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Participatory School Budgeting: What are the Differences Across the V4 Countries?

Participatory school budgeting allows primary and secondary school students to participate in deciding part of their school’s budget. The popularity of participatory budgeting is growing, not only in this country but also abroad. What are the differences in the functioning of school PB within the Visegrad Four countries? We asked local experts. 

By involving students in school budgets, they have the opportunity to participate in shaping the school environment according to their needs. It is also a good preparation for adult life. The whole process involves designing, developing and campaigning for a project, which is then followed by a whole-school vote on which project to implement. Through this process, students gain many practical skills such as communication, presentation, budgeting, active citizenship, and technical skills. 

In order to explain the functioning of school participatory budgeting, we contacted Helga Hrabincová, the manager of the school participation project at Participace 21 to tell us about the situation in the Czech Republic. As part of their school budget project, they have developed an app that guides schools through the whole process, provides instructions and documents, helps to organize voting and automatically calculates the results. Experiences directly from the schools were shared with us by the participation coordinator from Humpolec Primary School Iva Svobodová, the director of Bílá Primary School Martin Molčík, the deputy mayor of Kutná Hora Vít Šnajdr and a student from Kutná Hora Karolína Vilímová. In order to look into the current situation in the Slovak Republic, we contacted Dominika Bellová, who is responsible for the budgets of high schools within the Office of the Plenipotentiary for Civil Society of the Ministry of the Interior. To discuss Poland we talked to Paweł Zalewski, a senior project manager at the Field of Dialogue Foundation, an organization that implements school participatory budgeting, and we talked to a coordinator Ágnes Molnár from Alternatív Közösségek Egyesülete alelnök who described her first experience with a school participatory budgeting In Hungary. 

Interviews with coordinators from each of the V4 countries show that although the process and reach of PB may vary, the benefits are quite the same. Students across the countries enjoy engaging in school PB and would like to see it implemented continuously. Often individuals who are not normally very active also get involved. In the process students perceive that their voice is meaningful and see that they can make a difference. Due to that they become more active, for example, by joining school parliaments.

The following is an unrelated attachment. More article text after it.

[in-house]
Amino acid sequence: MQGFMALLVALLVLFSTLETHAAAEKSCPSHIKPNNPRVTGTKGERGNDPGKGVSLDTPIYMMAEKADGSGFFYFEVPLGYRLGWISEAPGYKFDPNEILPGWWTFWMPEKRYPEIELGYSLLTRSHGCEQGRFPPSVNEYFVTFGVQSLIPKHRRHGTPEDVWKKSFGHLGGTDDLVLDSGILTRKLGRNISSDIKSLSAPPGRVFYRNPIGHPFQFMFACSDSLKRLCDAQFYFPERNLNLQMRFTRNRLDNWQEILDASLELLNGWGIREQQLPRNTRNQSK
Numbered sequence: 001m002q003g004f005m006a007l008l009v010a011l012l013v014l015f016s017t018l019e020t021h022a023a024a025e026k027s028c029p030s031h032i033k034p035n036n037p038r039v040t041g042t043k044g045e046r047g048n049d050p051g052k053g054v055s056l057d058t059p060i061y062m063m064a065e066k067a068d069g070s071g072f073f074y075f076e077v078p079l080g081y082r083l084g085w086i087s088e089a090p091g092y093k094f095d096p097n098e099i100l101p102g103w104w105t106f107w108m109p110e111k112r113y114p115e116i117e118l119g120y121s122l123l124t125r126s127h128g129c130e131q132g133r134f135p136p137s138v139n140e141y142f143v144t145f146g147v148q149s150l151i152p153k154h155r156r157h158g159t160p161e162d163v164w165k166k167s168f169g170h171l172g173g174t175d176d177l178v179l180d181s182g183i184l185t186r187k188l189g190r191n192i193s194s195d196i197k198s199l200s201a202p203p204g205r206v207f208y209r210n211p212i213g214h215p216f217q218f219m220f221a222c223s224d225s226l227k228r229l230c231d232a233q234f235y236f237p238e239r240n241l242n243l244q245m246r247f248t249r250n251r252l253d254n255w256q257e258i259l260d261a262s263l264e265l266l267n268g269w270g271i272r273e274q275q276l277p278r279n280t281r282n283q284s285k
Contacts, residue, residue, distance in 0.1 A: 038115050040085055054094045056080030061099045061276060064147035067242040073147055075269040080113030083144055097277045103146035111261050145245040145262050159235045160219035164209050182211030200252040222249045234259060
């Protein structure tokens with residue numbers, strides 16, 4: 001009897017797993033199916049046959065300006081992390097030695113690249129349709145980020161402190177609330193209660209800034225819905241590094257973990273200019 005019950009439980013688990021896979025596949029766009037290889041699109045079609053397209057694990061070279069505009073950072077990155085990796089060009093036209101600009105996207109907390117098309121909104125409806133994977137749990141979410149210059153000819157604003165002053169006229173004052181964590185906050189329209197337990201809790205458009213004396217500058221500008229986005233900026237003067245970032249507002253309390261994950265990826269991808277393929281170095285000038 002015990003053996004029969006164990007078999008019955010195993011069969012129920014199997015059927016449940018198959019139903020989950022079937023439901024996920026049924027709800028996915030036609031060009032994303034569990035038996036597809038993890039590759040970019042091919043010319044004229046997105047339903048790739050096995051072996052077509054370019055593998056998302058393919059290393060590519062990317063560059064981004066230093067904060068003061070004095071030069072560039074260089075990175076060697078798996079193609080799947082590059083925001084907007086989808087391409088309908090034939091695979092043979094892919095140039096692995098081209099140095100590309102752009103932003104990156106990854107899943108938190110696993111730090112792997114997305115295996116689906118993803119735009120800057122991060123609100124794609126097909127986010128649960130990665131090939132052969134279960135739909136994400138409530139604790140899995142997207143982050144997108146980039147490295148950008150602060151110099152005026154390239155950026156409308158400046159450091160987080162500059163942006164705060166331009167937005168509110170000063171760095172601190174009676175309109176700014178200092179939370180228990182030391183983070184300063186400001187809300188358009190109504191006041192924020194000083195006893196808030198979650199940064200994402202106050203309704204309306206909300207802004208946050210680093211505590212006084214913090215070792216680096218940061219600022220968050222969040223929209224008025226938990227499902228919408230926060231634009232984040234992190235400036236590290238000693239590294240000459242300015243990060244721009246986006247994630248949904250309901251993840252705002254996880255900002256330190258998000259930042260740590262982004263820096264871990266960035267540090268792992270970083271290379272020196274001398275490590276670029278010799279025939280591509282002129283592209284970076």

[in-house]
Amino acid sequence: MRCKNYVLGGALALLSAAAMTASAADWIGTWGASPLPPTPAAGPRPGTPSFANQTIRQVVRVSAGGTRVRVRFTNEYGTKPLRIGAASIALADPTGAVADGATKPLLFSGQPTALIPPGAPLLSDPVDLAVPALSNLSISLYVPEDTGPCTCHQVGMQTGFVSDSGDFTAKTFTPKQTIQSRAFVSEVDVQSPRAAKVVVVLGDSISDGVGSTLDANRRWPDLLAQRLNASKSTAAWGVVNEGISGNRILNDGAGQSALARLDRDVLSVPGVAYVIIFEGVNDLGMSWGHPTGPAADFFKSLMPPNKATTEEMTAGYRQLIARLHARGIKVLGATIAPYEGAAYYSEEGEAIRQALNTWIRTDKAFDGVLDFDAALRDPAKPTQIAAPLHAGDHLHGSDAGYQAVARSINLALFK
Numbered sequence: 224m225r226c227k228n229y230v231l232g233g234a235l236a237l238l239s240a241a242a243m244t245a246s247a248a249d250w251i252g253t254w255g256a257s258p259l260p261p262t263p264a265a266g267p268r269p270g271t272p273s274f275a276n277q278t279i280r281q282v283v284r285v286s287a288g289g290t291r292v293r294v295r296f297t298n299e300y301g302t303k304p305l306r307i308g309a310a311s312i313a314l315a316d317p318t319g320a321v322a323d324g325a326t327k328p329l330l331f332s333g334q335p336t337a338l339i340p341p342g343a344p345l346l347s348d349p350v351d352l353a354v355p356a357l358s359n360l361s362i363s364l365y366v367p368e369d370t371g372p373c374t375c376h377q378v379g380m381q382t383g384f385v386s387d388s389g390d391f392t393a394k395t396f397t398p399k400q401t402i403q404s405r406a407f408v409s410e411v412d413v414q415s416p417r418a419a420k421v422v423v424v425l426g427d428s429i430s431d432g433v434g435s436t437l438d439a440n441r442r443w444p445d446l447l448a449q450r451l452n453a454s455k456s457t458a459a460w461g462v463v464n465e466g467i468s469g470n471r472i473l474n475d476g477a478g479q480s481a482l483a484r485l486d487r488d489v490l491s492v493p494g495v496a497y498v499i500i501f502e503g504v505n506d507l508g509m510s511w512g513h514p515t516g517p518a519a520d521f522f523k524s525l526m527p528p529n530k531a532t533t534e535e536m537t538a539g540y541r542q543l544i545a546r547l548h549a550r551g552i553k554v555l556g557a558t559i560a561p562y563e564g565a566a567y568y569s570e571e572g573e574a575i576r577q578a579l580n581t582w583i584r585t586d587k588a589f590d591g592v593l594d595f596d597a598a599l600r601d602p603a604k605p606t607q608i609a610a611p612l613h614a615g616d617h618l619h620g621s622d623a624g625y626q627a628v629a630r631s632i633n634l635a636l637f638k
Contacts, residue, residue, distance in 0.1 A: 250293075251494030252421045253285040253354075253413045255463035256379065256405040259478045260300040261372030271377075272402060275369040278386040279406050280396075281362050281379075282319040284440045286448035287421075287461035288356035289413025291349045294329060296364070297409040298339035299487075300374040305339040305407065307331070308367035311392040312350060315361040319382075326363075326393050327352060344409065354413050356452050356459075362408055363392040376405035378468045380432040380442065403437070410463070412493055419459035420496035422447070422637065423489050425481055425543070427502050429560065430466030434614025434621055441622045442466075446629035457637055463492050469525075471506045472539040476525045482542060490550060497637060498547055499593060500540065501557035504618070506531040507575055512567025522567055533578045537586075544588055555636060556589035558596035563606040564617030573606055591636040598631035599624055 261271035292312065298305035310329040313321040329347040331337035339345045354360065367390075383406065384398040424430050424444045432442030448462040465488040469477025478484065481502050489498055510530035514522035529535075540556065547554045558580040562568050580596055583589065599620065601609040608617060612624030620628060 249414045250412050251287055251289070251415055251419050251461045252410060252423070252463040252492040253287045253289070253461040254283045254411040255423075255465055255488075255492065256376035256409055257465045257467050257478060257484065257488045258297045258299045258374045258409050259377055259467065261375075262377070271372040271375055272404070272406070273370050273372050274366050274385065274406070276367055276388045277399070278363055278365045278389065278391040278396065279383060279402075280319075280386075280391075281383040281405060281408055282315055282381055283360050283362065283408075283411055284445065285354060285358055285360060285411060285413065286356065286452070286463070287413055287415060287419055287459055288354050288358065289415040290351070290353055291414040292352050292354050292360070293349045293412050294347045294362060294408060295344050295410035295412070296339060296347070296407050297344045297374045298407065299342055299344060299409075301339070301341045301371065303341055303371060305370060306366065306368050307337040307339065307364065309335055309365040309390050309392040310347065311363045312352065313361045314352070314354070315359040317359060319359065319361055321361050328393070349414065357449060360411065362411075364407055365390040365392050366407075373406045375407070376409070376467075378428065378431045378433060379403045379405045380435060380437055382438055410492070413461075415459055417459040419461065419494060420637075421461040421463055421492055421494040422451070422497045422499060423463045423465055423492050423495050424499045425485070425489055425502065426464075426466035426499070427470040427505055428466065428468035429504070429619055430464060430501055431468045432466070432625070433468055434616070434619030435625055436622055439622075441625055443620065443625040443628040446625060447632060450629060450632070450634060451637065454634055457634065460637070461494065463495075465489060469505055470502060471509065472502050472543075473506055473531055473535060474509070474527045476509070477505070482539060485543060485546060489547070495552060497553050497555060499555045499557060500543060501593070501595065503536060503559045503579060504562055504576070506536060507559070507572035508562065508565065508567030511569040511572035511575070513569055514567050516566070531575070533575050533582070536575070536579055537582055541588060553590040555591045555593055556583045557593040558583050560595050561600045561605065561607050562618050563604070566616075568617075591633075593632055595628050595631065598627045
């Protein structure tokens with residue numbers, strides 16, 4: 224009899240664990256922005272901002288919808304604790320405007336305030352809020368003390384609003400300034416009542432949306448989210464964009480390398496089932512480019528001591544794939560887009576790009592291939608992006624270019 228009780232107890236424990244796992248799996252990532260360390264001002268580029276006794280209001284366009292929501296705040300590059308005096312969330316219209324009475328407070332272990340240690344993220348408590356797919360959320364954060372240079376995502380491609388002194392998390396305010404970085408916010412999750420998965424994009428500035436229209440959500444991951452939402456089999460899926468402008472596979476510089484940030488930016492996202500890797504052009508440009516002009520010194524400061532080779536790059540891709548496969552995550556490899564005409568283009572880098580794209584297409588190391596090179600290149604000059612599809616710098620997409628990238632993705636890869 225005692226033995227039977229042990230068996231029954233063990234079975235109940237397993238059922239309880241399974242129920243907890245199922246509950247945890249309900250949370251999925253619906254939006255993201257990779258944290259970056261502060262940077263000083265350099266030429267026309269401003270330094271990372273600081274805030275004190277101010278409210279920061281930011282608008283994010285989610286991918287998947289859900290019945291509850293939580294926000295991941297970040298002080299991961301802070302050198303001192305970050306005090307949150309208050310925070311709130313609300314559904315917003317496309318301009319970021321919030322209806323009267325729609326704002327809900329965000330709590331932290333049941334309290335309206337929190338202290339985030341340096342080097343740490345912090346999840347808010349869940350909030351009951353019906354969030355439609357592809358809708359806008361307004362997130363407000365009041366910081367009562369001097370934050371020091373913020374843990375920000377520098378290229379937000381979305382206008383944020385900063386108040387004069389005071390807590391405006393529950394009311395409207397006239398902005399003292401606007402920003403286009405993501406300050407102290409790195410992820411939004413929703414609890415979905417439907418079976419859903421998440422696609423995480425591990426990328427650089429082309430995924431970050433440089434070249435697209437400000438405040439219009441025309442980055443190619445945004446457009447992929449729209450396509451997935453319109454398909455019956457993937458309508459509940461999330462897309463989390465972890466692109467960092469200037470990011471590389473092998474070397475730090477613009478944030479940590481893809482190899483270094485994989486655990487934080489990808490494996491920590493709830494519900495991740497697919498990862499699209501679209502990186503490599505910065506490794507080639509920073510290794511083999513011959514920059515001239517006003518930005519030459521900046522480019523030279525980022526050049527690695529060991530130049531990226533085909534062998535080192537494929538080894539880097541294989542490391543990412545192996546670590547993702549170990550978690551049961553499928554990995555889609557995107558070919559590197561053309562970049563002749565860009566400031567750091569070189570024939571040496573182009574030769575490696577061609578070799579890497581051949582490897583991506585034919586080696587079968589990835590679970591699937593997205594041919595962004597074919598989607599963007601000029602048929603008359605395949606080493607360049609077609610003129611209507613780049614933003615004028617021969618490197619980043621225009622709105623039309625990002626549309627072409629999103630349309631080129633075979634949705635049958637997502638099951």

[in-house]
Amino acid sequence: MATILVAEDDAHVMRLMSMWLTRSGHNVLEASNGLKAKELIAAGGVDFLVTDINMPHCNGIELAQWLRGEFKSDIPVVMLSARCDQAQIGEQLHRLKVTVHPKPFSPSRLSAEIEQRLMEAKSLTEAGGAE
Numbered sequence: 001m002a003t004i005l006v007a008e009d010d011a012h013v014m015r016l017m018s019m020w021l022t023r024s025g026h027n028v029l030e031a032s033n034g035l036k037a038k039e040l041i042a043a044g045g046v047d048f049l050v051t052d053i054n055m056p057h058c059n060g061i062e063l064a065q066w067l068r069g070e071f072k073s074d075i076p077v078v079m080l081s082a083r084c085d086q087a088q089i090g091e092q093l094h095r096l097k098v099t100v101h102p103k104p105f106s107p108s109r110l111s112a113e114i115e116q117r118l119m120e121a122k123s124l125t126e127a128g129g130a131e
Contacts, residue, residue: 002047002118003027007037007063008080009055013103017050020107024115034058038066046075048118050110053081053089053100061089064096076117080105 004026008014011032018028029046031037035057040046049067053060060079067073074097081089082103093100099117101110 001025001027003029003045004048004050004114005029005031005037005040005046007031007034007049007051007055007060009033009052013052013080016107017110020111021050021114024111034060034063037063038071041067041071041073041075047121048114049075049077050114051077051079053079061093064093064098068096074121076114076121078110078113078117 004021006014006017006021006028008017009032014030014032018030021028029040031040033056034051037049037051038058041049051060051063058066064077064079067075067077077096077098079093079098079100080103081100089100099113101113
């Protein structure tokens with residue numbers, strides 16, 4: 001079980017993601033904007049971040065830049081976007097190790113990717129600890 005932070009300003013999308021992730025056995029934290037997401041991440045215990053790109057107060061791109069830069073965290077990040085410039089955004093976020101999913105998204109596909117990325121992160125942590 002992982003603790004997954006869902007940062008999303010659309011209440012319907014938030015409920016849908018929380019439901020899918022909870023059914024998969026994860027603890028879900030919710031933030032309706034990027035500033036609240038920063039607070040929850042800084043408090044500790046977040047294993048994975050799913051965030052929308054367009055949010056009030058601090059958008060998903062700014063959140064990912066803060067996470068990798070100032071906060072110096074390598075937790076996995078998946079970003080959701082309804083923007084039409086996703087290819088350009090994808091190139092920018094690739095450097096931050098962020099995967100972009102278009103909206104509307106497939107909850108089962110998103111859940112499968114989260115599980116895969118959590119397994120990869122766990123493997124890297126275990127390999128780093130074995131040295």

As for the project themselves, most often students come up with ideas for relaxation zones, upgrading of sports facilities, or adding the mirrors in their bathrooms. They also focus a lot on environmental issues, requesting, for example, bins for recycling waste, outdoor classrooms, sustainable water management systems, or even beehives. 

In the Czech Republic, the introduction of participatory budgeting is an individual decision of the head teacher or the school principal. The PB itself then can be dealt with participation during some lessons, such as art, civic, or health education. The popularity of PB is growing not only here but also in Slovakia, where contrary to the Czech Republic the introduction of PB is decided directly by the regions.  The Bratislava, Košice, Trnava, and Trenčín regions are now involved and they want to further expand the number of schools. 

The use of school participatory budgeting is also very popular in Poland. Here, PB is used by every major city, and there is a centralized system in place that uses school PB as one of its most popular tools. The least widespread use of school participatory budgeting is in Hungary. There they have only one experience with school PB and it is not yet implemented in a systematic way. The head teacher of the school where PB took place was enthusiastic about the process and open to the ideas, but the lack of funding was a major problem. Furthermore, in the case of Hungary, the interconnectivity with the school schedule did not work very well as the coordinators could not intervene in the lessons to introduce the process, but could only engage students during breaks in between lessons. 

However, we can see that in the future, it can be expected that more and more schools will use the school participatory budgeting regularly, not only in the Czech Republic but also in our neighboring countries. 


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